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How To Reach Young Voters

The key to earning the young demographic’s vote


A new generation of voters is entering the political sphere – millennials. The 2016 election saw more Millennials eligible to vote than ever before. Social media has been a fundamental part of any millennial’s identity and as we become eligible to vote in record numbers, social media will become a more and more powerful tool for political campaigns to use to reach us.  Some powerful politicians have this strategy down and know how to digitally connect with millennials. Other politicians seem oblivious to how voters like me engage with their message online.

Let’s take a look at some of the obvious players. As leaders of two of the largest, most powerful democracies in the world that neighbor each other, Donald Trump and Justin Trudeau can’t have that many differences in their approach, correct? Not quite.

Justin Trudeau, amongst many other more important attributes, is young, incredibly dreamy, and frankly, could model part time if being prime minister ever wasn’t working out for him. Oh, and he speaks some smooth French. But it isn’t just Justin Trudeau’s devilish looks that have gotten him to be a leader of one of the most powerful democracies in the world. He’s also incredibly charismatic, active with his young voters, and has a strong social media presence – something that young voters especially appreciate. With Donald Trump’s ratings at an alarming low, perhaps Trump could stand to take a few notes on how to connect with millennials from his next door neighbor.


Approval Ratings
It’s been about 5 months since Donald J. Trump took to the oval office, and since then, his approval ratings have reached record lows. According to a recent Gallup poll, Trump’s approval sat at a short 37%, with a disapproval rate of 57%. After his 100 days were up, he had the lowest approval rating – at 40% – of all modern presidents at the same point in time. The next lowest after 100 days was Bill Clinton, who had a 55% approval rating.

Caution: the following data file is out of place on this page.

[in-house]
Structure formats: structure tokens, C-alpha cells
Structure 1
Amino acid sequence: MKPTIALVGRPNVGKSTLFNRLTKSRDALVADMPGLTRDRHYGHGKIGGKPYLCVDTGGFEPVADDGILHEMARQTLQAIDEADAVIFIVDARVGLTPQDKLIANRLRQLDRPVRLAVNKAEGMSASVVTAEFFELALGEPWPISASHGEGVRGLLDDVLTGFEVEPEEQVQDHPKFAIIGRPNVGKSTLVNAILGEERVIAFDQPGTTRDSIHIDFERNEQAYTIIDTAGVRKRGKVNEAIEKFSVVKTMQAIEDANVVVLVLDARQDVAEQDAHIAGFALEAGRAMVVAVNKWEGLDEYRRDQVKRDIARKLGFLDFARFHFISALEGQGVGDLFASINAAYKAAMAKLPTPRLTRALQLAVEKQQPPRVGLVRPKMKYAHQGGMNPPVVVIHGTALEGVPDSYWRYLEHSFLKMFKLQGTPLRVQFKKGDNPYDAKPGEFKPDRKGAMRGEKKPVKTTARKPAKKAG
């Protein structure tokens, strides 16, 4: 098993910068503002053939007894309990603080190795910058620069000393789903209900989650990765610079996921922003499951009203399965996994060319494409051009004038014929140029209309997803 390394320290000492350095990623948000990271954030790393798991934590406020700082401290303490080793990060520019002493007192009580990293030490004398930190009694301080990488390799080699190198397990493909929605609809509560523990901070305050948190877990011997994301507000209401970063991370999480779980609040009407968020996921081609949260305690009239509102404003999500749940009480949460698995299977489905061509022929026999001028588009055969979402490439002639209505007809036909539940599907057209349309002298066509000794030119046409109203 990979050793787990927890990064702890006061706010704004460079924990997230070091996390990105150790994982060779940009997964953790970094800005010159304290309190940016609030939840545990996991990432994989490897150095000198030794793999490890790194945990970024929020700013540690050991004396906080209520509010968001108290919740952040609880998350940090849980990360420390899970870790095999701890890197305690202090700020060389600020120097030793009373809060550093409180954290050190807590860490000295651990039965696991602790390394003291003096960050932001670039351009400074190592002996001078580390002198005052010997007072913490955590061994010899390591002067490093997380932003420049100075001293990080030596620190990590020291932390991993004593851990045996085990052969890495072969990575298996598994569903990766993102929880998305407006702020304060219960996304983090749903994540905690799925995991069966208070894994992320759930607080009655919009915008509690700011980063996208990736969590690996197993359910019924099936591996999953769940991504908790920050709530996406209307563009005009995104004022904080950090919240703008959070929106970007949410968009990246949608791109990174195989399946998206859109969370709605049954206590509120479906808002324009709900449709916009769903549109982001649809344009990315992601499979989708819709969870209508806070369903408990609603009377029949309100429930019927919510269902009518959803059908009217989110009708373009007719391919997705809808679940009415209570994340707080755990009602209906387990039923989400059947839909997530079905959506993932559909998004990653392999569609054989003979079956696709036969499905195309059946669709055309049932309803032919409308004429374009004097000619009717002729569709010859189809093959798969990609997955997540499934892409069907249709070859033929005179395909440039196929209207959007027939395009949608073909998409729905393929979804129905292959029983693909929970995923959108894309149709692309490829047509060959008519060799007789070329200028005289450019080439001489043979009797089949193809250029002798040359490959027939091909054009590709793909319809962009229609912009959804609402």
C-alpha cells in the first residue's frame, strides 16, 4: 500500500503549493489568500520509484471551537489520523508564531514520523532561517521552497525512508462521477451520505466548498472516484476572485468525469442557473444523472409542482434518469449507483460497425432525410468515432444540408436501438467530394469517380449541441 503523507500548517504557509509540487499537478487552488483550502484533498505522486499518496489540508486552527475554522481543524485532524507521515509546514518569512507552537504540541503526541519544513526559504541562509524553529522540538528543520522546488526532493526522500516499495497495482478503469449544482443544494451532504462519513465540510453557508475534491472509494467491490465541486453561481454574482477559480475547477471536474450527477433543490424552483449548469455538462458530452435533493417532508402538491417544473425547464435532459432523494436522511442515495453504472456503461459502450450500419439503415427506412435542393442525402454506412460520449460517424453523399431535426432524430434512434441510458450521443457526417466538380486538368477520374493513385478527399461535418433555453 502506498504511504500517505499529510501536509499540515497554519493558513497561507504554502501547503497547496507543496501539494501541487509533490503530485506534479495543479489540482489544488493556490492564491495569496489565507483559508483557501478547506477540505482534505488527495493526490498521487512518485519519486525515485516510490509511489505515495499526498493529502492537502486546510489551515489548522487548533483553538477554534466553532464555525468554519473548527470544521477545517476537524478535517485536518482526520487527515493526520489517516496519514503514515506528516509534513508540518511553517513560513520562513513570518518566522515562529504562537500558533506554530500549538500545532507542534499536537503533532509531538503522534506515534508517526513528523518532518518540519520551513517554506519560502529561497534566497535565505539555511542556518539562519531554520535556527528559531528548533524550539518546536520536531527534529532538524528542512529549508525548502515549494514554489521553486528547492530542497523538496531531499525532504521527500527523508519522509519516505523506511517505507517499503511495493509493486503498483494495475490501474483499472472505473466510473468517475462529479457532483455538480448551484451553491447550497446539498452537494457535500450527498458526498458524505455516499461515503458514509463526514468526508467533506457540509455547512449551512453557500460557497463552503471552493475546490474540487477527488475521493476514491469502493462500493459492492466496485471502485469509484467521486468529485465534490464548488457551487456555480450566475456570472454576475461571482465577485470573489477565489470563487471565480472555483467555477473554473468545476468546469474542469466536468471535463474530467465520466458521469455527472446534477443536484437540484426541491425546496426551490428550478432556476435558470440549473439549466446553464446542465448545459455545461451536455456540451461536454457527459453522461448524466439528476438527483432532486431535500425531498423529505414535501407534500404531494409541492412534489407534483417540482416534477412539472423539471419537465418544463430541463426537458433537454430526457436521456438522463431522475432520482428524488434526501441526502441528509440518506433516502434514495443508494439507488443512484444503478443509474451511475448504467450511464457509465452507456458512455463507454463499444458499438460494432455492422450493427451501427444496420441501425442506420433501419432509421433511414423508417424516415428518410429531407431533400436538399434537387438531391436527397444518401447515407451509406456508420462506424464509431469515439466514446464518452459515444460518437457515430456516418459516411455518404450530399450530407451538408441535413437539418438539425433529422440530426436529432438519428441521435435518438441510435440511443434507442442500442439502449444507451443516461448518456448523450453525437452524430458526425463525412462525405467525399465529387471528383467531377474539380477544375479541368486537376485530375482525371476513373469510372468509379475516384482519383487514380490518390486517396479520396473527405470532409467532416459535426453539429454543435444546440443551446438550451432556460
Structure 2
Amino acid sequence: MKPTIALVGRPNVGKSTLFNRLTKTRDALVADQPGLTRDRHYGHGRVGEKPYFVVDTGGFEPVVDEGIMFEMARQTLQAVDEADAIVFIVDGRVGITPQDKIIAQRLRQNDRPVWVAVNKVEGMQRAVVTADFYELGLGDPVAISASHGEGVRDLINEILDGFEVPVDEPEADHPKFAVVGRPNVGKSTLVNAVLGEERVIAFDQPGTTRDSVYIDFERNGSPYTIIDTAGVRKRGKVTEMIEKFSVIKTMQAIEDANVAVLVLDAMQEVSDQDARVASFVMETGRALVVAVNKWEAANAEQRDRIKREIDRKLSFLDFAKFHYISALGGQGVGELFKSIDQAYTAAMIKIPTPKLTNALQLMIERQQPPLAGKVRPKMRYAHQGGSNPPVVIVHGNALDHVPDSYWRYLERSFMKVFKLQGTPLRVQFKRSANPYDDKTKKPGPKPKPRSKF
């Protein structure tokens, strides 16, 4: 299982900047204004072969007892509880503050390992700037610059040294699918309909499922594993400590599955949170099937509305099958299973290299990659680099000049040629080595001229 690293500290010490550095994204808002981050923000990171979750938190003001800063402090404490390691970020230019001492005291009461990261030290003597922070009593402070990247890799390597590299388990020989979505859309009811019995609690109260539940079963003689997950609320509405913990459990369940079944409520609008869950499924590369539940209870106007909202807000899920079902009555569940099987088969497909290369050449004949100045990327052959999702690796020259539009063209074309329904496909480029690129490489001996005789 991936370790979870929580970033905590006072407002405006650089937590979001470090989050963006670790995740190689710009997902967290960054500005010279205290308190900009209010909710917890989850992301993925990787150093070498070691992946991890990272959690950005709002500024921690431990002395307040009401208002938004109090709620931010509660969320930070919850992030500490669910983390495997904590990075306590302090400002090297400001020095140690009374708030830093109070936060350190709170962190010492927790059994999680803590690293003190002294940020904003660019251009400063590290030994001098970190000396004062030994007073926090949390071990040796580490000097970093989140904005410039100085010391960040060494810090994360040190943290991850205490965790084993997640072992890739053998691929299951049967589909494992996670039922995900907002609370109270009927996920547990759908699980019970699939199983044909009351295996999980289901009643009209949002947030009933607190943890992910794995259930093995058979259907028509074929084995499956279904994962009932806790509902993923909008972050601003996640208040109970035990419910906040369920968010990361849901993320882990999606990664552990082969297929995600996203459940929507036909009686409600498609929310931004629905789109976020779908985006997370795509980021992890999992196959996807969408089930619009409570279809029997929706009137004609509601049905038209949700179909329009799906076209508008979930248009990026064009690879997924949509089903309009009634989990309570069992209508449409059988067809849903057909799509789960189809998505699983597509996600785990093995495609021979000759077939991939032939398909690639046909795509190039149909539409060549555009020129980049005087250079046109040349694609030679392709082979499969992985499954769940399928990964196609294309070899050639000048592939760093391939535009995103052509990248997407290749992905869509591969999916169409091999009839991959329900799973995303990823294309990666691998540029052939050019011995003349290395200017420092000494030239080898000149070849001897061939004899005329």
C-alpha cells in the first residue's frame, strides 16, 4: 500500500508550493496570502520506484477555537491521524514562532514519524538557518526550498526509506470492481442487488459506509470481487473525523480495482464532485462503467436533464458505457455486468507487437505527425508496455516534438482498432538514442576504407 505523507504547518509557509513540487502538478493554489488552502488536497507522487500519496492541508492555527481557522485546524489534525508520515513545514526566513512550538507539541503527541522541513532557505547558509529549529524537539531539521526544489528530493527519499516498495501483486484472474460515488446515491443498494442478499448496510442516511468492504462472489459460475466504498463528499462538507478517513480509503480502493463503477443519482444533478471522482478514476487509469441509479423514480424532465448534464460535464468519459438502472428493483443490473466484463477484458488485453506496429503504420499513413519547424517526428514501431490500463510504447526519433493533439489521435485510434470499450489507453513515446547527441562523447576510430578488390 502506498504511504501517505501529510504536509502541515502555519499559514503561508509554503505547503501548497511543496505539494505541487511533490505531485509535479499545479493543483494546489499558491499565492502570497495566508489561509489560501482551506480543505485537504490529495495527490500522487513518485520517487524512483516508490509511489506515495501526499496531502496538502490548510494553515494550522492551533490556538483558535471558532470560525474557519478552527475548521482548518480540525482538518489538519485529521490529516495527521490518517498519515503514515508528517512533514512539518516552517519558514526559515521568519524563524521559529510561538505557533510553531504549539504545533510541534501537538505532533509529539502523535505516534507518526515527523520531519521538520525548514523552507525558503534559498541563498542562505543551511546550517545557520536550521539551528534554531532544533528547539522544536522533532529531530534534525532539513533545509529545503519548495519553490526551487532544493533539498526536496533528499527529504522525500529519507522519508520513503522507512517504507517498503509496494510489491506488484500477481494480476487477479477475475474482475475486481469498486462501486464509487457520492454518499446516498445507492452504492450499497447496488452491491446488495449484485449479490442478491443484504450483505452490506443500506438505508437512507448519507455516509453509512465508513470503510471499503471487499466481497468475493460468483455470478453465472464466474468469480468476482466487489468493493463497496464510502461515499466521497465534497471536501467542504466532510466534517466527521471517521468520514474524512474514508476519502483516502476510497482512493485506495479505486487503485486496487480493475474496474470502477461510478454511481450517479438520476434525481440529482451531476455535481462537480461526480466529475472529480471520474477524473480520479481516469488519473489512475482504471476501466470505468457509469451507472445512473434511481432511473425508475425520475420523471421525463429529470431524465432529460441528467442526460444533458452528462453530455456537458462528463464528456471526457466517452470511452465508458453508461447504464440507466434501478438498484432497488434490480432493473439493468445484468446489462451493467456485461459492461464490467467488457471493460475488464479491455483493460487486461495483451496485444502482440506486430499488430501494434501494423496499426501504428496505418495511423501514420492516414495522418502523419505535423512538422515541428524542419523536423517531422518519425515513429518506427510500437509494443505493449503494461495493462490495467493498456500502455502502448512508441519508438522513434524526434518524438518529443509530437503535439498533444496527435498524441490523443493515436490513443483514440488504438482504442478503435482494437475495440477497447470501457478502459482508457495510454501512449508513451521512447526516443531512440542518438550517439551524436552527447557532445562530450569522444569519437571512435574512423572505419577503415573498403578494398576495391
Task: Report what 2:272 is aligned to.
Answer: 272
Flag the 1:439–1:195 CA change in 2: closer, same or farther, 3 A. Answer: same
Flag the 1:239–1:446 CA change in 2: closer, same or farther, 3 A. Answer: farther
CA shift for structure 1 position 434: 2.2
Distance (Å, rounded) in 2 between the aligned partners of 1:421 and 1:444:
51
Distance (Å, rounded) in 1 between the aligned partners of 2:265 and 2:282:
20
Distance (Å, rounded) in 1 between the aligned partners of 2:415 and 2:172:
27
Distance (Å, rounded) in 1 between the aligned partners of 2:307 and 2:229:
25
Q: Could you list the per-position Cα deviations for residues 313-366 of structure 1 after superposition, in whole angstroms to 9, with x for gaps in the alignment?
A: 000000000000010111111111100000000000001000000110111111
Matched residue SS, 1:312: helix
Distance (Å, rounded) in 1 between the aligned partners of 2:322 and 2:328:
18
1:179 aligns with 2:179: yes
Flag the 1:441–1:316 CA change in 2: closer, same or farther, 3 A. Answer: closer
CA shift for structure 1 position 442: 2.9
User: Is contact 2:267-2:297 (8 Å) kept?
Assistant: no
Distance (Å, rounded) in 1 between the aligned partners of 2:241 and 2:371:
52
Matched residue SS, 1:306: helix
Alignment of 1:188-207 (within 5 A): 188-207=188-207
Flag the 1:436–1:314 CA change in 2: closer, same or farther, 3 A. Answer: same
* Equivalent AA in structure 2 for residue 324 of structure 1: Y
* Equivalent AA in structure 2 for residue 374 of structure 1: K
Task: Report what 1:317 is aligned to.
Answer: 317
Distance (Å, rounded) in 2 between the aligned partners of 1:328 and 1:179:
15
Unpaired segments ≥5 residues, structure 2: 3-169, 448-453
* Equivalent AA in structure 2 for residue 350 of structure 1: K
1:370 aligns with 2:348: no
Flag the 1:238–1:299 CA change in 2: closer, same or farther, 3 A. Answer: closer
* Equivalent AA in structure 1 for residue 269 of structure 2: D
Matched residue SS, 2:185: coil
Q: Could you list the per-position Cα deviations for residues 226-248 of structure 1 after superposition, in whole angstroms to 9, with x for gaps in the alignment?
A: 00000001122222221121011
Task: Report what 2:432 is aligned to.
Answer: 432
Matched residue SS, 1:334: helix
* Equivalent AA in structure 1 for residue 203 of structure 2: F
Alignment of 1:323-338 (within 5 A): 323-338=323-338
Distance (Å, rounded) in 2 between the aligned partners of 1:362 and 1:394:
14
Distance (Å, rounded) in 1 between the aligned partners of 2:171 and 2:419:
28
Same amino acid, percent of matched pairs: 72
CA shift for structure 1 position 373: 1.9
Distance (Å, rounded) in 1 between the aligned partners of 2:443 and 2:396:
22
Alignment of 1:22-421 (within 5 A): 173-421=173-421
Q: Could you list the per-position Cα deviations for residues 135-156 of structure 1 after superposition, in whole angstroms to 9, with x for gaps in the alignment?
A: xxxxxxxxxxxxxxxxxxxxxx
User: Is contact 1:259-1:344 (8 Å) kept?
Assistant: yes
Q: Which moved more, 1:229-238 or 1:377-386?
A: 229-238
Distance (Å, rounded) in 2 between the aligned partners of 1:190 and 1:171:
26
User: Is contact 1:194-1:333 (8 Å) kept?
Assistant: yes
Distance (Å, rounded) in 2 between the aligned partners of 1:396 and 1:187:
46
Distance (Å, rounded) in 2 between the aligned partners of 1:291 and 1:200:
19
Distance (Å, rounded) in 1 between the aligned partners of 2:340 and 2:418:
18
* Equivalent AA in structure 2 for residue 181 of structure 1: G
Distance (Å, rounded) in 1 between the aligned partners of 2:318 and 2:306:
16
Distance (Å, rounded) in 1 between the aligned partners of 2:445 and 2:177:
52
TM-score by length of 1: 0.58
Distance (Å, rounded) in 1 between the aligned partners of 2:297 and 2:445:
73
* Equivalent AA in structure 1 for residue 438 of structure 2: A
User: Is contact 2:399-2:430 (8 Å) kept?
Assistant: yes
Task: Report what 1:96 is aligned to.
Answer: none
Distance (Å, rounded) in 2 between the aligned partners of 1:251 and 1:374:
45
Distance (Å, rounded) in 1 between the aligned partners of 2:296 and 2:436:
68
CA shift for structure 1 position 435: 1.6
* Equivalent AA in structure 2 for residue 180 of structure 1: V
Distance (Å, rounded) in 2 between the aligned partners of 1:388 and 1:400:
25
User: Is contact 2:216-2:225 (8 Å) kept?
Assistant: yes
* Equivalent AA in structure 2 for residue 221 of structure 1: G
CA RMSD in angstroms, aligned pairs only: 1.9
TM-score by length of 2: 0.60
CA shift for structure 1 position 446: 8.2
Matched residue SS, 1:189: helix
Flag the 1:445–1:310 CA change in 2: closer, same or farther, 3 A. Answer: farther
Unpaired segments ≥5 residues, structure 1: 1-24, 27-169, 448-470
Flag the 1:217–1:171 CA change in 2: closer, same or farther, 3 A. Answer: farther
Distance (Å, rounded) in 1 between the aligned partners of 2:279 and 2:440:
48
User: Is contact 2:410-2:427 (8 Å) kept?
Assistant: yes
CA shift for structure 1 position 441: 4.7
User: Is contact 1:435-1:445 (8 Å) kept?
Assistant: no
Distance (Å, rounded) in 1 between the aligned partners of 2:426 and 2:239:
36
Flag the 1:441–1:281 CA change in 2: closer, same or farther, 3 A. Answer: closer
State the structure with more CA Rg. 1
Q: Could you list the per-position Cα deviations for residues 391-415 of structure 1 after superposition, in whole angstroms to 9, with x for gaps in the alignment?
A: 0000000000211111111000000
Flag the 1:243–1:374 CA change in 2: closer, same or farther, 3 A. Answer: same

Trump would likely argue with these polls and call them “fake news.” However, even if we consider Rasmussen, a right-leaning pollster that Donald Trump has openly supported, we can see that Donald Trump isn’t polling well with the right either. In its latest poll, Rasmussen reported a 45% Trump approval rate and a 55% disapproval rate. Comparably, George W. Bush had a 62% approval rating at this point in his presidency. It’s becoming clear that regardless of party and platform stance, liberal or conservative, Trump is earning some pretty substandard ratings.

Trudeau, for Canadians, isn’t polling much better, but he is polling much better with young voters compared to Trump. While Trump earns a 32% approval rating from young people aged 18-29, Trudeau earns a 55% approval rating in this same demographic.


Marketing yourself as a candidate to millennials
Young people make up a significant portion of social media users, not to mention that social media is the main source of news for the majority of young people. Therefore, a candidate’s social media presence is crucial in how they will poll with young people.